University News

Adler University Founder,
 Internationally Known Adlerian 
 Harold Mosak Retires from Teaching 07.30.15
Adler University Founder,
Internationally Known Adlerian
Harold Mosak Retires from Teaching

Adler University co-founder and Distinguished Service Professor Harold Mosak, Ph.D. has announced his retirement after more than 60 years of teaching. Considered a leading global expert in individual or Adlerian psychology, Dr. Mosak begins his retirement with gratitude from the entire University community for his continuous leadership, teaching, and work building our institution since 1952.

“Adlerians throughout the world have been trained and supervised by Harold, and we are fortunate that he has been teaching our students for the entire 63-year life of our institution,” says Adler University President Raymond E. Crossman, Ph.D.

“Harold has been the key to our history and our work advancing the teaching and concepts that Alfred Adler pioneered,” he said. “I benefit from what he has taught me every day, and his work is why Adler University is here today. Even as he retires, we will stay involved and continue to benefit from his wisdom. He is a beloved mentor to us and to people across the globe, through his passion for learning and community.”

63 years of teaching, writing, leading, and serving

With his mentor Rudolf Dreikurs, M.D. and colleagues including Bernard Shulman, M.D., Dr. Mosak founded the Alfred Adler Institute—today Adler University—in 1952. The three served as faculty and staff for the Institute, handling all daily tasks from teaching classes to stuffing envelopes. With his colleagues, Dr. Mosak saw patients daily, taught nightly, and supervised and lectured in between.

In the Adler Institute’s early years, Dr. Mosak founded the school’s library.  Although works by Adler and his students were hard to find, he acquired them one by one and recruited students to the cause. His late wife Birdie worked alongside him in reaching out to students and building the institution; through their efforts, the library grew and students from around the world came to study at Adler.

In 2011, in conjunction with Dr. Mosak’s 90th birthday and through benefactors’ support, the University dedicated its modern library as the Harold and Birdie Mosak Library. The library today offers one of the world’s finest archives of Adlerian psychology materials. The University itself now enrolls more than 1,200 students in a range of doctoral and master’s programs focused on social change, at Chicago and Vancouver campuses and through a new Global Campus for online degree programs to officially launch this fall.

In addition to co-founding and teaching at Adler, Dr. Mosak has written hundreds of articles and numerous books on individual psychology. He also served as a trustee for most of Adler’s history—from the school’s founding in 1952 until 1999.  During that time, he served as the longest-serving chair in Adler’s history and, in 1984, as the institution’s interim president.

Holding an A.B. in psychology and Ph.D. in clinical psychology from the University of Chicago, Dr. Mosak is a diplomate in clinical psychology of the American Board of Professional Psychology, and a life member and fellow of the American Psychological Association. He was among the first psychologists licensed in the United States and Illinois; his Illinois license number is 37. 

'We wouldn't be here today if it weren't for Harold'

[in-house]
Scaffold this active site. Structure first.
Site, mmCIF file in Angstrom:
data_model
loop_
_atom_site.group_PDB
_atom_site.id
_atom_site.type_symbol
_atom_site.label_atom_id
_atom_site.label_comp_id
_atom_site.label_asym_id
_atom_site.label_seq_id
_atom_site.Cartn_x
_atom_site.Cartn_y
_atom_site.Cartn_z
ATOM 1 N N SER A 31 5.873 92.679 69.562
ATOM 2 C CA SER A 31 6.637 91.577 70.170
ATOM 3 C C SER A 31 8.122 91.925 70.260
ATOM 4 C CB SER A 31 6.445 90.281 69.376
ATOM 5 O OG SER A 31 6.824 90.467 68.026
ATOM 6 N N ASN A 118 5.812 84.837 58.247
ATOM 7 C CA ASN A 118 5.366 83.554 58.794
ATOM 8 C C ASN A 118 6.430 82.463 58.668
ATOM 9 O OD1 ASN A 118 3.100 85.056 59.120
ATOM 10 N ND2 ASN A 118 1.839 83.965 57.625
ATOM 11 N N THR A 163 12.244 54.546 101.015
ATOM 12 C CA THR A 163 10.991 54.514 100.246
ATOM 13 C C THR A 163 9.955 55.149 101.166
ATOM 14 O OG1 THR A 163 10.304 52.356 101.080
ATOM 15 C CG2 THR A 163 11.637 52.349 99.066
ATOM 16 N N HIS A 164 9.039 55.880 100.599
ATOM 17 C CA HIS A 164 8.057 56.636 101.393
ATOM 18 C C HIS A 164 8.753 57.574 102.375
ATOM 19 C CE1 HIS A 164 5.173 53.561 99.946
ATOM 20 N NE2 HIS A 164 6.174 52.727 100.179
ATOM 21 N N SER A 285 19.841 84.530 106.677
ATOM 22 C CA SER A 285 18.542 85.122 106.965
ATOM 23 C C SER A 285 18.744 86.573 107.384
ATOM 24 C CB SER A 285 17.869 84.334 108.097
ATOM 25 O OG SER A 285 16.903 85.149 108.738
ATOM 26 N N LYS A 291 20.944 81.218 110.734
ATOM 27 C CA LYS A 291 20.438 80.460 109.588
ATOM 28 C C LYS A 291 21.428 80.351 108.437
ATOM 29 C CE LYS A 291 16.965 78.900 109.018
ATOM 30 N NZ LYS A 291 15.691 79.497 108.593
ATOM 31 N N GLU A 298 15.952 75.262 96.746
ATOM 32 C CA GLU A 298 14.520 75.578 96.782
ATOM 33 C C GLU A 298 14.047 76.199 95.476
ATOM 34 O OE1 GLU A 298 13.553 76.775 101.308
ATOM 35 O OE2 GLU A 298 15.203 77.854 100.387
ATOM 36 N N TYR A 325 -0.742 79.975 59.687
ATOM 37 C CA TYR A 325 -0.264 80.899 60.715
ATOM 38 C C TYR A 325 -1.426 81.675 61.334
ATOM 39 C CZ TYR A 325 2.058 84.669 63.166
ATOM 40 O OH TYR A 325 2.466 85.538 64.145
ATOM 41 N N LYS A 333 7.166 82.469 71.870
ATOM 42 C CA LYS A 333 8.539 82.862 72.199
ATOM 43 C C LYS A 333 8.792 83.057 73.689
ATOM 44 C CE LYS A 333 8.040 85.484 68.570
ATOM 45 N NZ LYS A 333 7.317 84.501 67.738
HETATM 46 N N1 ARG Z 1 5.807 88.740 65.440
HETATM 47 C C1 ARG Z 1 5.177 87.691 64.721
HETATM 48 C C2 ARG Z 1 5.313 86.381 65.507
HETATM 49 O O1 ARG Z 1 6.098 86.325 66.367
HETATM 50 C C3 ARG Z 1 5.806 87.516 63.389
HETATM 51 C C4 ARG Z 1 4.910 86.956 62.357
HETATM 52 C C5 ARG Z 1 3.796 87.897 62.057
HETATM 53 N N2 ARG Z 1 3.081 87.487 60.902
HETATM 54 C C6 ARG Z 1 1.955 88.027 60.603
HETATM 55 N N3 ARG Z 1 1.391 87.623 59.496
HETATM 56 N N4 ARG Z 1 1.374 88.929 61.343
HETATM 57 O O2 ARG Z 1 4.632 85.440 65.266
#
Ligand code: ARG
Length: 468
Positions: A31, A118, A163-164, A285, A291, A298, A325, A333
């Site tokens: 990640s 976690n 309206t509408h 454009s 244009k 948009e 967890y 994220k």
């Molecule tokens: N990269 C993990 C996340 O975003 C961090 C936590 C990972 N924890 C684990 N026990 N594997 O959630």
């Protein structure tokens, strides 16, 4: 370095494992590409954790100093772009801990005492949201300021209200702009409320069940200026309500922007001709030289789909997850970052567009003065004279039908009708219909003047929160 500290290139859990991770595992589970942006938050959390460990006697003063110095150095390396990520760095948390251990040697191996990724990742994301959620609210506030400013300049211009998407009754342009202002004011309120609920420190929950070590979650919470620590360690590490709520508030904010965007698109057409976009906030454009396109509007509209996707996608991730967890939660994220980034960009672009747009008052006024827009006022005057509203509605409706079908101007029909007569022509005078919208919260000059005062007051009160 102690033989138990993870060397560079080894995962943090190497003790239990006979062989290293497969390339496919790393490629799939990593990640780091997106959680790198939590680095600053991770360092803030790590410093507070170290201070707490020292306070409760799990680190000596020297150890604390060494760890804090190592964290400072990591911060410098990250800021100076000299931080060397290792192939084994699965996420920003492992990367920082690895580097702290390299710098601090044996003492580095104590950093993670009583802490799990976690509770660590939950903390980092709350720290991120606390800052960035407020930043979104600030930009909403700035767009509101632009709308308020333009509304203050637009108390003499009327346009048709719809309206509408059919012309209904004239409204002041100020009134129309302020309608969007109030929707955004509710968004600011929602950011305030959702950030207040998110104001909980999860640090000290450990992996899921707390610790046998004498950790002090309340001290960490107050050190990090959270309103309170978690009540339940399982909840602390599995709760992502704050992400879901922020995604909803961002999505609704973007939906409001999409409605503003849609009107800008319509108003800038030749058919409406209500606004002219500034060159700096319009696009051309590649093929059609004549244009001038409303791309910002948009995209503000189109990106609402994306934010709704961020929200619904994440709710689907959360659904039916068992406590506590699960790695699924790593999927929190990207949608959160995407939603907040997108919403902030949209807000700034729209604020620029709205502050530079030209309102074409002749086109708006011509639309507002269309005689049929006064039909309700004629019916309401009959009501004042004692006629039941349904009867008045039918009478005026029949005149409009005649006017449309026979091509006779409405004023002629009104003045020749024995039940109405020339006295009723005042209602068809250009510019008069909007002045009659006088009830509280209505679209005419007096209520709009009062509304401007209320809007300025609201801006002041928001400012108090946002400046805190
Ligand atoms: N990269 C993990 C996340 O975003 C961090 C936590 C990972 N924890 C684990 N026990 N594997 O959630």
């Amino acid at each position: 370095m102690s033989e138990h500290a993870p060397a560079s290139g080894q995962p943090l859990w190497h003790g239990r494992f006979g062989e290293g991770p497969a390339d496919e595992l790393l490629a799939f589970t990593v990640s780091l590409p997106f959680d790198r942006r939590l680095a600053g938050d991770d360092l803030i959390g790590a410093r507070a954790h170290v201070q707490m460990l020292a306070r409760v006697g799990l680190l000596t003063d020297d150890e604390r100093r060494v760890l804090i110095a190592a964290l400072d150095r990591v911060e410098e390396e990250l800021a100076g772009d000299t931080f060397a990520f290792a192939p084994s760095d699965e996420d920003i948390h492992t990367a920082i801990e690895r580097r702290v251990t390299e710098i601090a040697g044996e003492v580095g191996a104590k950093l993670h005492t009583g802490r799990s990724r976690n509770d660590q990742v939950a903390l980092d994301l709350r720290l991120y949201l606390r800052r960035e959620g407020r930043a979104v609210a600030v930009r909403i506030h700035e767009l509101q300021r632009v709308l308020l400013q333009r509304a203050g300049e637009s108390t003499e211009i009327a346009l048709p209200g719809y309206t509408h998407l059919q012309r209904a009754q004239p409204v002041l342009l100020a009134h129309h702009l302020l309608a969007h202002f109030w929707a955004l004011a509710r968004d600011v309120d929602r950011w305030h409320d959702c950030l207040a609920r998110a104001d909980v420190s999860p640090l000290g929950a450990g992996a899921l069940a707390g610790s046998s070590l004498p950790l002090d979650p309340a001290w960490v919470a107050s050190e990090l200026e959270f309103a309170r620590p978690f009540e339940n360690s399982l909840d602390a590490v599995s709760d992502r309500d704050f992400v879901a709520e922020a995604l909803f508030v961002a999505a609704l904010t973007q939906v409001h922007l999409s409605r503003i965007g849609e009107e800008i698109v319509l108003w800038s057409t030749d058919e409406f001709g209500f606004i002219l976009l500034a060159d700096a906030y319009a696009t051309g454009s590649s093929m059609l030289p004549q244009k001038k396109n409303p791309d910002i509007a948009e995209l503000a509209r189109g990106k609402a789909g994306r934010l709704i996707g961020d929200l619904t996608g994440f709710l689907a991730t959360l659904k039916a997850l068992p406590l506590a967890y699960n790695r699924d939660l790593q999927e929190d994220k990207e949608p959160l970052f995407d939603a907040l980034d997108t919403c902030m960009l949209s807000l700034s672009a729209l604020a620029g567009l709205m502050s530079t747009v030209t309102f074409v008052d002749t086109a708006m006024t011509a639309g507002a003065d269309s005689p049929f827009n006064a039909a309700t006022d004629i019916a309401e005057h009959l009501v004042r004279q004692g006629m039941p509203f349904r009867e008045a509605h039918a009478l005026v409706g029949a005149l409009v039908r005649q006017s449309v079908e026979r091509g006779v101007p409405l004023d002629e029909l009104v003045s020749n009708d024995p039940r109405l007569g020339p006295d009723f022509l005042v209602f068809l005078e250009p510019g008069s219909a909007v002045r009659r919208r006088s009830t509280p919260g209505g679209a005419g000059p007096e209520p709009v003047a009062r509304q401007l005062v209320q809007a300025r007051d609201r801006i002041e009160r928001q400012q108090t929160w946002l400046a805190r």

“There aren’t too many institutions that have benefited from more than 60 years of service, connection and leadership from one individual, an individual of such stature and wisdom as Harold Mosak,” said David Sinski, Chair of Adler’s Board of Trustees and Executive Director of Heartland Human Care Services.

“We wouldn’t be here today if it weren’t for Harold and his colleagues. Based on his guidance, the board and staff have implemented things that have brought us to where we are today as Adler University. Not only his teaching but his service has taught us, and we have big shoes to fill.”

'Do a hell of a lot, and leave some for future generations'

At a private retirement celebration for Dr. Mosak last week at the University’s Chicago Campus where he has taught, Dr. Mosak said, “Some decades ago, Kurt Adler, the son of Alfred Adler, thought I was working too hard and had too many positions on the board, as a teacher, etc. He approached me and said, ‘Harold, I’d like to make a pact with you. Let’s not do it all. Out of social interest, we owe it to future generations to leave something for them to do.’

“I invite you to enter a pact with Kurt Adler, and not to do it all--but do a hell of a lot, and leave some for future generations. If you persevere and you recognize that you have something to offer the world, don’t desist from it. Offer it to the world.

“I suspect Adler is smiling down on us today because of the things the people of the last 60 years have accomplished." 

Cards and messages for Dr. Mosak congratulating him on his retirement may be sent to:

c/o Adler University
Attn.: Office of the President
17 N. Dearborn
Chicago, IL 60602

To make a gift to Adler University in Dr. Mosak's honor, visit our online giving pageSee photos from our retirement celebration for Dr. MosakRead Dr. Mosak's remarks to the Adler University community upon his retirement at

About Adler University

Adler University educates students to engage the world and create a more just society. Established in 1952, it enrolls more than 1,400 students in master’s and doctoral programs for social change through its campuses in downtown Chicago and Vancouver, as well as an Online Campus. Adler University’s mission is to continue the pioneering work of Alfred Adler, the first community psychologist, by graduating socially responsible practitioners, engaging communities and advancing social justice.